The Secrets of Silicon Valley: What Big Tech Doesn’t Want You to Know
Directed by James Corbett (2019)
This documentary explores the hidden Pentagon and US intelligence role in the development of of Silicon Valley, the Internet and tech giants like Google and Facebook.
Corbett traces the rise of Silicon Valley to the 1946 appointment of Frederick Terman as the dean of Stanford engineering school. During World War II, Terman ran the top secret radio research lab at Harvard. There he supervised 800 scientists in researching microwaves, radar detection and jamming and other forms of electronics warfare. Eleven of these scientists accompanied him to Standford, where they immediately received Pentagon contracts for military projects.
ARPANET, initially funded by the Department of Defense, became known as the Internet in 1991 when it was officially privatized.
Over the years, other technologies that began as Stanford graduate student projects were spun off as private ventures. Examples include Oracle Integrated Cloud Applications and Platform Services, derived from Project Oracle, a vast CIA database project; SunSystems Financial Management Software, also based based on Pentagon-funded research; and Google, which started as a project funded by DARPA, the CIA and the NSA.
In-Q-Tel, the venture capital arm of the CIA, initially owned 5,000 shares in Google, which they sold in 2005. On their webpage, the CIA describes Google Earth as a CIA-assisted technology. A 2014 Freedom of Information Act Request indicates Google was (is?) part of a secret government project called Enduring Security Framework Initiative. The latter paid (pays?) the company to share data they collect on search engine users with US intelligence and the Pentagon.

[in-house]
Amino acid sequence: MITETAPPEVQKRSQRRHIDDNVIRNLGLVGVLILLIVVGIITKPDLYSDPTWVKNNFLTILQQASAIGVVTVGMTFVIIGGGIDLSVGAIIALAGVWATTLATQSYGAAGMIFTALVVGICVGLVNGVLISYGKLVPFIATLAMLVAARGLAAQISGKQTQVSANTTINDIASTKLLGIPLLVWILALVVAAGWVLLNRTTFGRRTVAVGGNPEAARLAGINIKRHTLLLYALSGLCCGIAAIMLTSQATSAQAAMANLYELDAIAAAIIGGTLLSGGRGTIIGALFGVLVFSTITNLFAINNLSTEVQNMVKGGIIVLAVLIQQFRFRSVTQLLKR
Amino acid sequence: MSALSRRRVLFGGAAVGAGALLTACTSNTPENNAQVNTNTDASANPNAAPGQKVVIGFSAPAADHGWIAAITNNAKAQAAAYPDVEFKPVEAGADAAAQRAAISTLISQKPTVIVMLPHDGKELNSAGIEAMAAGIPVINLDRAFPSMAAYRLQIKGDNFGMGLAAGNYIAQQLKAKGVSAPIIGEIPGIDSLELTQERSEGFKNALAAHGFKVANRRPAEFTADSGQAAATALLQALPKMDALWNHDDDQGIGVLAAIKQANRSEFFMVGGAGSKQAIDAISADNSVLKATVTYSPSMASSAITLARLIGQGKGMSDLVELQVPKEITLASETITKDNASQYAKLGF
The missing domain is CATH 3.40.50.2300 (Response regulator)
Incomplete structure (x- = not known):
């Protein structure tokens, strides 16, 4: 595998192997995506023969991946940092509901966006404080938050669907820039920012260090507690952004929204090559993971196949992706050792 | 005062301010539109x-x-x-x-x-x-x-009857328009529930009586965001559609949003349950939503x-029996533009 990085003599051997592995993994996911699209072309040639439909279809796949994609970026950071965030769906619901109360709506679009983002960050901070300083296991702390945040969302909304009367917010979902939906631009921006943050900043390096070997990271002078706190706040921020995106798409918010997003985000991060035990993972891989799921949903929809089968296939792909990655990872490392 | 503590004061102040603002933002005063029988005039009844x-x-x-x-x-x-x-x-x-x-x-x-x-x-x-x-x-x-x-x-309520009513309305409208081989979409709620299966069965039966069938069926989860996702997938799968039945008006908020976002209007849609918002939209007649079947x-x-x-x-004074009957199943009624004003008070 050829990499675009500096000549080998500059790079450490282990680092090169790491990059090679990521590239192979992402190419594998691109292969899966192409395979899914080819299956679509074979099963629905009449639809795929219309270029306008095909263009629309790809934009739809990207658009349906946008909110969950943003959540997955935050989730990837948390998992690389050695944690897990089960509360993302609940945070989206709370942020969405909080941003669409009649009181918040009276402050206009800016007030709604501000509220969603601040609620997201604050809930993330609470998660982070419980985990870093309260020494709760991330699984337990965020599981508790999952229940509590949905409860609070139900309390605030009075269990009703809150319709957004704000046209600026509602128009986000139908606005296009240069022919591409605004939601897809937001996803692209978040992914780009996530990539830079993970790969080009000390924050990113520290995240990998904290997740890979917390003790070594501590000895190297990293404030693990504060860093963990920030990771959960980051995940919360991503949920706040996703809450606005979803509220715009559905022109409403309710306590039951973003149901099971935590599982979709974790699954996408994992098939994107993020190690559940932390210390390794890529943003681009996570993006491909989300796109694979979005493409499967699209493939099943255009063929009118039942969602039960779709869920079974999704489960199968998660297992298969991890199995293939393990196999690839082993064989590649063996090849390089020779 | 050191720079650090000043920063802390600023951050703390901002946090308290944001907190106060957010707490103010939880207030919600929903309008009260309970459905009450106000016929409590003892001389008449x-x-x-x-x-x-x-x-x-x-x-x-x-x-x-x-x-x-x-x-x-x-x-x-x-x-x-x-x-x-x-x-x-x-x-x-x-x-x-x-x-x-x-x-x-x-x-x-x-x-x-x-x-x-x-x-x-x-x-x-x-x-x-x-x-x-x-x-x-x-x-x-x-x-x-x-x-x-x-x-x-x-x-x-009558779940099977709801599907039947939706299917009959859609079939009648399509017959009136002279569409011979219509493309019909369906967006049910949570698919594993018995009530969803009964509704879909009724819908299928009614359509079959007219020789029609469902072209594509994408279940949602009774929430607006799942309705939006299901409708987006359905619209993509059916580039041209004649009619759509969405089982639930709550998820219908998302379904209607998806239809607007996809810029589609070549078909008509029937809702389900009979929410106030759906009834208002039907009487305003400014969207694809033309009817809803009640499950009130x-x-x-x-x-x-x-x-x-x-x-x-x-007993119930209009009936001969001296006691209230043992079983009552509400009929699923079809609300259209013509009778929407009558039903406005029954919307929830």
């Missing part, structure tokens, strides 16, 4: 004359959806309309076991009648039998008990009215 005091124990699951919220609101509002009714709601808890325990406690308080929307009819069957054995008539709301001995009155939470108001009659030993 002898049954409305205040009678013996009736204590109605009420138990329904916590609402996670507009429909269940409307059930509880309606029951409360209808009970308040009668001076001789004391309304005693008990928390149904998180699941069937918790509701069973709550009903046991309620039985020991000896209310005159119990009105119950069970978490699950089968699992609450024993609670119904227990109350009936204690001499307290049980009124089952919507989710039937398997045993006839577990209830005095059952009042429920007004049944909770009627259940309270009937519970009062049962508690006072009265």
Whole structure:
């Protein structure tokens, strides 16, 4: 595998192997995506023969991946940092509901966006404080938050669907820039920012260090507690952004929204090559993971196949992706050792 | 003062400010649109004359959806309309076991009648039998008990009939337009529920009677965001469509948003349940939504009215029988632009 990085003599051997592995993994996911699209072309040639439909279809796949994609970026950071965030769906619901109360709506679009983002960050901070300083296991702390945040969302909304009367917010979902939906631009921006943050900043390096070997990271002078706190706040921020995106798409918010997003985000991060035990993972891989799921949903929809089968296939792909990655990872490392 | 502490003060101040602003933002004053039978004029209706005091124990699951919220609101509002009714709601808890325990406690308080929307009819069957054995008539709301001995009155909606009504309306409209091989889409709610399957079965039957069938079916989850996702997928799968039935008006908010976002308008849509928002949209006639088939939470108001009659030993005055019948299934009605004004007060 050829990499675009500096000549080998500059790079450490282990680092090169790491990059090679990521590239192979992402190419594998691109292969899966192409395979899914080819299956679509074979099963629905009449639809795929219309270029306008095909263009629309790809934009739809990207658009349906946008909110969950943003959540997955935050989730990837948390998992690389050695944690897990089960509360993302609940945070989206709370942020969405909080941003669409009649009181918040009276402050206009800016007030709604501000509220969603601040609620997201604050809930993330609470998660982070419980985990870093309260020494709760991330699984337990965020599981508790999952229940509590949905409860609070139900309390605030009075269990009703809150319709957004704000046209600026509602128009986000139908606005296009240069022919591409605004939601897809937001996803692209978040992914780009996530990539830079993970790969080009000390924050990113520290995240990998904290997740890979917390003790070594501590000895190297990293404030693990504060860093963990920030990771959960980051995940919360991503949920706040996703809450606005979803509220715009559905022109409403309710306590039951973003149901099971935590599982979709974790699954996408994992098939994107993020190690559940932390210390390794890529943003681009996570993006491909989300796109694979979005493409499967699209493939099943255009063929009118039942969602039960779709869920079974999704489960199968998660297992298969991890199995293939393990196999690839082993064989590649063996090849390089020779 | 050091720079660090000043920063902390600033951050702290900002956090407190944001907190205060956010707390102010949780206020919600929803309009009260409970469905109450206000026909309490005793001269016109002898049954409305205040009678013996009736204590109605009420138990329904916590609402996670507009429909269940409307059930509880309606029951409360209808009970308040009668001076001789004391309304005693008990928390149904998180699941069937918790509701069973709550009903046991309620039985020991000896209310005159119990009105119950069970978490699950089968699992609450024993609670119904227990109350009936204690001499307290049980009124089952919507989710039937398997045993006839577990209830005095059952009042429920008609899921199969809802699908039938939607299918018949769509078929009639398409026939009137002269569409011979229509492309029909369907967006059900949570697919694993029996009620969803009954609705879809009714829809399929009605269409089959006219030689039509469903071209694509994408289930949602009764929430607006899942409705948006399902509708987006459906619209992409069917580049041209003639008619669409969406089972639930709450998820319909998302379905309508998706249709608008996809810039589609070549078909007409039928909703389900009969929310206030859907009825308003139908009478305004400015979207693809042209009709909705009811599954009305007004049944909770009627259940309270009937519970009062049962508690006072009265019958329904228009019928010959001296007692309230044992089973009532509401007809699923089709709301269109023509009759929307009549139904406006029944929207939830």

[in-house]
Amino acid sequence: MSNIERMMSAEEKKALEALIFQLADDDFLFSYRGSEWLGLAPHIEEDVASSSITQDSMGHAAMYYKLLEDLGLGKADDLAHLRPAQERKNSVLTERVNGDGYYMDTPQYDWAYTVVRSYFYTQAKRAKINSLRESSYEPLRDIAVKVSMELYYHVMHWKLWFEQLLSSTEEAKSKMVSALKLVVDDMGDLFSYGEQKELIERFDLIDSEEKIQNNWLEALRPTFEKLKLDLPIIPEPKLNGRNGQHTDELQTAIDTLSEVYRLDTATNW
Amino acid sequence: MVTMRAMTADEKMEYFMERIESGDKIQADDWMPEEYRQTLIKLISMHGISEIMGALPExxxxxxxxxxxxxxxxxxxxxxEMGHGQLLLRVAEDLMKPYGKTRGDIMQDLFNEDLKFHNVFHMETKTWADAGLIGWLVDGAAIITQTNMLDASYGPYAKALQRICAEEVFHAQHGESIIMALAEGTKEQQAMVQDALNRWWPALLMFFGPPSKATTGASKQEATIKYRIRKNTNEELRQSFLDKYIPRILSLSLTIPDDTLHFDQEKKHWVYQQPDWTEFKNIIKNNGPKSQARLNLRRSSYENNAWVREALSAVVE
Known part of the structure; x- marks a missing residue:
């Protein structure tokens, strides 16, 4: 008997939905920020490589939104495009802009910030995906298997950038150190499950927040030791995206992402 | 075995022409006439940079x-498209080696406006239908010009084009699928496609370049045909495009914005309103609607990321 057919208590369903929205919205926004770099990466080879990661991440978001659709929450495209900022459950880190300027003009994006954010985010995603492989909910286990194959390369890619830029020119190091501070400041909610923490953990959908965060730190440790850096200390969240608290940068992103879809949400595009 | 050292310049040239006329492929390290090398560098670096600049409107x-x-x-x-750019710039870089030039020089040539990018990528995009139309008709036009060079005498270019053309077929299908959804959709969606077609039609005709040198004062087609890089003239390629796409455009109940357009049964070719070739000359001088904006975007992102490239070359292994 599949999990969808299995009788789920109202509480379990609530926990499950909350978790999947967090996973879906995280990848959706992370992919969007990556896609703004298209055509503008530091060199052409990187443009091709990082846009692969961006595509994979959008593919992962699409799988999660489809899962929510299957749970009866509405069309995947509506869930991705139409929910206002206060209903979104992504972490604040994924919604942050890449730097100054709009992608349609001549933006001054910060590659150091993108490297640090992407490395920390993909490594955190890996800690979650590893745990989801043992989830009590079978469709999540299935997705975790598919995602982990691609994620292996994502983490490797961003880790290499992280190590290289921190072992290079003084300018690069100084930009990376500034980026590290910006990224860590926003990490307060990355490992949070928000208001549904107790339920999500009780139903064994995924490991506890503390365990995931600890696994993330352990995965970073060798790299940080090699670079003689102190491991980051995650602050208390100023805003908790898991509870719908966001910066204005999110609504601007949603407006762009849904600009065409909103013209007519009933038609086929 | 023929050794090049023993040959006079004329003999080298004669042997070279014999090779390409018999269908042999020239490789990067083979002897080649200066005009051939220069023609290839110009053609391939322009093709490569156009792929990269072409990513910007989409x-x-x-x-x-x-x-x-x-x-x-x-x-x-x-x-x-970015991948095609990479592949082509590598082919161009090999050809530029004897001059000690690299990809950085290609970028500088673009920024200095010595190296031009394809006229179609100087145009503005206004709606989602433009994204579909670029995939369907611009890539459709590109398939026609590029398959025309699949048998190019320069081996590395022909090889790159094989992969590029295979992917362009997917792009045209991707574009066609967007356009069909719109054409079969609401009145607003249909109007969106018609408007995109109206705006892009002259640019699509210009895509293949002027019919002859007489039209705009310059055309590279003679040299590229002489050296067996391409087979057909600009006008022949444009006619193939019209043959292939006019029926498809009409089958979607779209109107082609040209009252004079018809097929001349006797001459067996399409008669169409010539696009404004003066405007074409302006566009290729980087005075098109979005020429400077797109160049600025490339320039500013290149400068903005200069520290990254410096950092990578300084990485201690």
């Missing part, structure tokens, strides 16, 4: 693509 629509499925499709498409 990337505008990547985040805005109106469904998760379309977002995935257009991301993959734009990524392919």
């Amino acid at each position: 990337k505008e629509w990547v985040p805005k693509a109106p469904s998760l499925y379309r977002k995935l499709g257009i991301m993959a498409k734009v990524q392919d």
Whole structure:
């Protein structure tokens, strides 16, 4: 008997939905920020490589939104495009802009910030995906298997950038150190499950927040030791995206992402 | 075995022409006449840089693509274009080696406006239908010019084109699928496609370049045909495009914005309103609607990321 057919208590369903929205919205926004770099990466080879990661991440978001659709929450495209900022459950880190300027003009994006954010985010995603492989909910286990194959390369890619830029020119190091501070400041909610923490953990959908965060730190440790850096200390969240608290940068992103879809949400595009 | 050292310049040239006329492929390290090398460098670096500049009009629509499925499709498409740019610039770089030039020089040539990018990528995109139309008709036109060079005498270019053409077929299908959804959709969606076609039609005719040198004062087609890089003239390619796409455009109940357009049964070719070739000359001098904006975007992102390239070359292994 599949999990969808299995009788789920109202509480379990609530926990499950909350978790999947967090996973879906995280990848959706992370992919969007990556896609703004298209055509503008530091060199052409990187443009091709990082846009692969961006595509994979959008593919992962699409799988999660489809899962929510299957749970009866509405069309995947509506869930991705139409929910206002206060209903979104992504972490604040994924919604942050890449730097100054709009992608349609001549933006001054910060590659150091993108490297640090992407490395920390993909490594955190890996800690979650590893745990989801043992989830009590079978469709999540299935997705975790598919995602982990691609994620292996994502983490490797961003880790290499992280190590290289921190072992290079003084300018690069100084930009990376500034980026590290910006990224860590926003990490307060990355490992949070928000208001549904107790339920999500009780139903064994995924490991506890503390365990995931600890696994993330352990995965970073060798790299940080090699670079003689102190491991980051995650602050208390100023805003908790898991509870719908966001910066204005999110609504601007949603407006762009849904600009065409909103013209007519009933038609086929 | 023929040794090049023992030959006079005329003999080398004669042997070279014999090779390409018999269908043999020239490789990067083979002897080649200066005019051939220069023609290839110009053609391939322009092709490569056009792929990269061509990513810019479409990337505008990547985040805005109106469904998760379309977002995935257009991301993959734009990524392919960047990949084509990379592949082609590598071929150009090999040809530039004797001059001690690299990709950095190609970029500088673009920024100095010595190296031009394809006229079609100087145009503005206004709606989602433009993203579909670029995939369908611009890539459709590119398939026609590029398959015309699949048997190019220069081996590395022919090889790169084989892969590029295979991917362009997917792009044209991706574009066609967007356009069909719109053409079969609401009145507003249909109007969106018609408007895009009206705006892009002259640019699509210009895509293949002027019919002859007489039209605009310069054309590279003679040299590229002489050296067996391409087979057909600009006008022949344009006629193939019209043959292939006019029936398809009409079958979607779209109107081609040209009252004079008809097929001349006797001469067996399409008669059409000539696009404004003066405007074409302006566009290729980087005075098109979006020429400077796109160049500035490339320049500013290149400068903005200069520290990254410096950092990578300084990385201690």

Google’s founder and former CEO Eric Schmidt is now the chair of the Defense Efficiency Initiative. He’s also a member of the Trilateral Commission and the Bilderberg Group’s steering committee.
Facebook has a similar history of Pentagon and US intelligence backing. By a remarkable coincidence, Facebook was launched the same day (Feb 4 2004) that DARPA scrapped a proposed study to predict behavior by collecting massive amounts of data on subjects’ daily interests and activities.
Facebook received most of its startup funding from venture capitalists closely linked to the Department of Defense and US intelligence – including $12.7 million from Accel Partners, whose managing director previously served on the board of In-Q-Tel.
*ARPA – Advanced Research Projects Agency – has since been renamed DARPA (Defense Advanced Research Agency).